Sickle Cell Trait

People who inherit one sickle cell gene and one normal gene have sickle cell trait (SCT). Sickle cell trait (SCT) is an inherited blood disorder. People with SCT usually do not have any of the symptoms of sickle cell disease (SCD), but they can pass the trait on to their children.

SICKLE CELL TRAIT AND INHERITANCE

Sickle cell trait is passed on from parent to child. If both parents have SCT, their biological children have a 50% chance of having SCT and a 25% chance of having the more serious sickle cell disease. If just one parent has sickle cell trait, their children have a 50% chance of inheriting SCT, but do not have any chance of developing SCD.

HOW SICKLE CELL TRAIT IS INHERITED

  • If both parents have SCT, there is a 50% (or 1 in 2) chance that any child of theirs also will have SCT, if the child inherits the sickle cell gene from one of the parents. Such children will not have symptoms of SCD, but they can pass SCT on to their children.
  • If both parents have SCT, there is a 25% (or 1 in 4) chance that any child of theirs will have SCD. There is the same 25% (or 1 in 4) chance that the child will not have SCD or SCT.

DIAGNOSIS

SCT is diagnosed with a simple blood test. People at risk of having SCT can talk with a doctor or health clinic about getting this test.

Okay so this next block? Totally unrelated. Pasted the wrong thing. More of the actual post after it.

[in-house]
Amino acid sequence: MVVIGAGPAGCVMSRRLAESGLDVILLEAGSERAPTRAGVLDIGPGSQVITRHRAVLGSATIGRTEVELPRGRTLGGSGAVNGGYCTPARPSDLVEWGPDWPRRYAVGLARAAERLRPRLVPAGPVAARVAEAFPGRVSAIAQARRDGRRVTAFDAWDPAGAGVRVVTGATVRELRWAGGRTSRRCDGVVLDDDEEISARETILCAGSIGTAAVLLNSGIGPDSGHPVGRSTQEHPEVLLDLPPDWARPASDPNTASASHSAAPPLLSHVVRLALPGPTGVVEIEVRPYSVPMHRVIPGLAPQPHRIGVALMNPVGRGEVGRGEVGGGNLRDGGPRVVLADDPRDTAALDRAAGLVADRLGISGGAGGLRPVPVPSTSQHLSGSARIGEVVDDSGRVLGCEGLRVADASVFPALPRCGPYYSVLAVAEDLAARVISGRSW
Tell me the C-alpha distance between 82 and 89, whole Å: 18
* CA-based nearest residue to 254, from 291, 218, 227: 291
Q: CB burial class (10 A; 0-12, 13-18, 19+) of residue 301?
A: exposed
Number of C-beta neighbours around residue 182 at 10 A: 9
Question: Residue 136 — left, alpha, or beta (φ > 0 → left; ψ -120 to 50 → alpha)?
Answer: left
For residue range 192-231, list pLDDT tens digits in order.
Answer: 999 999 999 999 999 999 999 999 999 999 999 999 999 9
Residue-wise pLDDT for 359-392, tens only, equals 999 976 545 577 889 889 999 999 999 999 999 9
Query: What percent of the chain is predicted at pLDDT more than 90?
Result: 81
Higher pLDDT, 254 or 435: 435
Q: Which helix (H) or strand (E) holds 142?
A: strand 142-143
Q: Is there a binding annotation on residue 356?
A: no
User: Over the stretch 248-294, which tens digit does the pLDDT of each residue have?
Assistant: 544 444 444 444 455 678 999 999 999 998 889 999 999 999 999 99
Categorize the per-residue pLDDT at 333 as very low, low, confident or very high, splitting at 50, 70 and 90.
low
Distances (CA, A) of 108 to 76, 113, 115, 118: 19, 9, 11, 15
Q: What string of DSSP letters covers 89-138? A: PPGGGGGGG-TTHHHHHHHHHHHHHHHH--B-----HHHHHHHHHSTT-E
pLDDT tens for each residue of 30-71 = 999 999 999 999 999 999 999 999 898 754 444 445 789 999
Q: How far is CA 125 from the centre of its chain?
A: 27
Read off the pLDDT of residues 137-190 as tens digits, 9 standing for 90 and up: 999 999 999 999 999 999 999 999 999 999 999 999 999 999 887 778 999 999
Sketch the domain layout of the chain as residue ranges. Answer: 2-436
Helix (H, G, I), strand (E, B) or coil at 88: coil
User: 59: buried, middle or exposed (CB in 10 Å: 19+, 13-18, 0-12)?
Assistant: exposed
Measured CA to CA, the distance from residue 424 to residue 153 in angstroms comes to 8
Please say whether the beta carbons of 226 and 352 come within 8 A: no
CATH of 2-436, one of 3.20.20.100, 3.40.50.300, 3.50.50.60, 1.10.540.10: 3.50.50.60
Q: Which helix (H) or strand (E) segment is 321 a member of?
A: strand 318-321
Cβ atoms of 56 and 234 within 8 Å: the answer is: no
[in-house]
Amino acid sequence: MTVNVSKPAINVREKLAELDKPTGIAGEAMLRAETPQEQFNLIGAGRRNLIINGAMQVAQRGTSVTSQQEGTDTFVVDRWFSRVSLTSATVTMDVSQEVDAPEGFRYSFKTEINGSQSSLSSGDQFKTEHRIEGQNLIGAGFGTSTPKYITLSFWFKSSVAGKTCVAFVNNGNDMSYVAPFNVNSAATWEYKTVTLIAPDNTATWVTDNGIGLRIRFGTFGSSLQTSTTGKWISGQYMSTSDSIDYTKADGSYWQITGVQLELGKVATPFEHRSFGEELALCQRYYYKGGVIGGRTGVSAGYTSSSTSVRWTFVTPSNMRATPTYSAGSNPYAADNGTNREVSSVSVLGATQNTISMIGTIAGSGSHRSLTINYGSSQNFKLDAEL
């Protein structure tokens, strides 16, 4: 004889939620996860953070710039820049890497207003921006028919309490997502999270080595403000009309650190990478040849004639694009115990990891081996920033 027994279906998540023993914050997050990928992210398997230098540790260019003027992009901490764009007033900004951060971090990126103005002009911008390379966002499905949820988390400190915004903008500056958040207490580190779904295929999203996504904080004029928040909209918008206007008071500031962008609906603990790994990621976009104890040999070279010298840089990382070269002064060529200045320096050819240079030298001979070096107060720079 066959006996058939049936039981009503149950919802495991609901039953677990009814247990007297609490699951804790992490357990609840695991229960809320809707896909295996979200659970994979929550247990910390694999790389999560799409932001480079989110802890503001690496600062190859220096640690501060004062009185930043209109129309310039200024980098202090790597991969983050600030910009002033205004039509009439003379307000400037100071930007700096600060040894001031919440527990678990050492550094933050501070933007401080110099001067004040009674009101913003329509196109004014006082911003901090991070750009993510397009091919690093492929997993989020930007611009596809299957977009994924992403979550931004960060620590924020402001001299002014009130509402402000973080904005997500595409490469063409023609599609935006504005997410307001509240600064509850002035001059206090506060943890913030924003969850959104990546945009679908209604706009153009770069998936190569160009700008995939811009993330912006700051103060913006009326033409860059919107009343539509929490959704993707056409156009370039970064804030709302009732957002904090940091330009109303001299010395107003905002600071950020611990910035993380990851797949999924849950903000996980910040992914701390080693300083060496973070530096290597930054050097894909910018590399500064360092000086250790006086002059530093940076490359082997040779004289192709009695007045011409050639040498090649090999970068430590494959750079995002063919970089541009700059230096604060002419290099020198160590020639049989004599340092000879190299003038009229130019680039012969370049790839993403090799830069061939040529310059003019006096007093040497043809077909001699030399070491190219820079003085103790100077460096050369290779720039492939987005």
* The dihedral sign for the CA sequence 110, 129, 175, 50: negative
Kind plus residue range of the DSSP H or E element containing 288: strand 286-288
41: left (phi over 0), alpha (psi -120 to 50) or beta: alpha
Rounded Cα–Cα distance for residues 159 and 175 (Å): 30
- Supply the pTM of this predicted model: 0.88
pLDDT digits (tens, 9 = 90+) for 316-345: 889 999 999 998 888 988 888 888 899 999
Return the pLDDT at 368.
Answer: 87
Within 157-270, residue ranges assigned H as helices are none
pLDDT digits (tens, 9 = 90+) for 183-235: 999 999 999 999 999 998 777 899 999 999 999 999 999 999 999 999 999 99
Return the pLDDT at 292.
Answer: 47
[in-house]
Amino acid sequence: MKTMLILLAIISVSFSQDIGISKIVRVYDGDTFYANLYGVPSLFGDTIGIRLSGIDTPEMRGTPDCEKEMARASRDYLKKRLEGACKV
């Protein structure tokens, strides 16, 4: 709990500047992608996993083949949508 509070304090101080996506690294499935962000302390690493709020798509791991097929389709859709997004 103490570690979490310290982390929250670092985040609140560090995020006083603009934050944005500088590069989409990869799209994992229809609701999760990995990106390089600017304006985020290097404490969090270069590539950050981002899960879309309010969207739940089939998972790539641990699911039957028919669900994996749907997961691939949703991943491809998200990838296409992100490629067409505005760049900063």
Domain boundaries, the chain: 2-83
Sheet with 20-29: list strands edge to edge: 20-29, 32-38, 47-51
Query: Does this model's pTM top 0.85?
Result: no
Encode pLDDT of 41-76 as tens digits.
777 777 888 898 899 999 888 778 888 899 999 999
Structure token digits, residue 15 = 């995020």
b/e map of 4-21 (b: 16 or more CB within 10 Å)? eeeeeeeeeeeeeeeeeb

COMPLICATIONS

Most people with SCT do not have any symptoms of SCD, although—in rare cases—people with SCT might experience complications of SCD, such as pain crises.
In their extreme form, and in rare cases, the following conditions could be harmful for people with SCT:

  • Increased pressure in the atmosphere (which can be experienced, for example, while scuba diving).
  • Low oxygen levels in the air (which can be experienced, for example, when mountain climbing, exercising extremely hard in military boot camp, or training for an athletic competition).
  • Dehydration (for example, when one has too little water in the body).
  • High altitudes (which can be experienced, for example, when flying, mountain climbing, or visiting a city at a high altitude).

More research is needed to find out why some people with SCT have complications and others do not.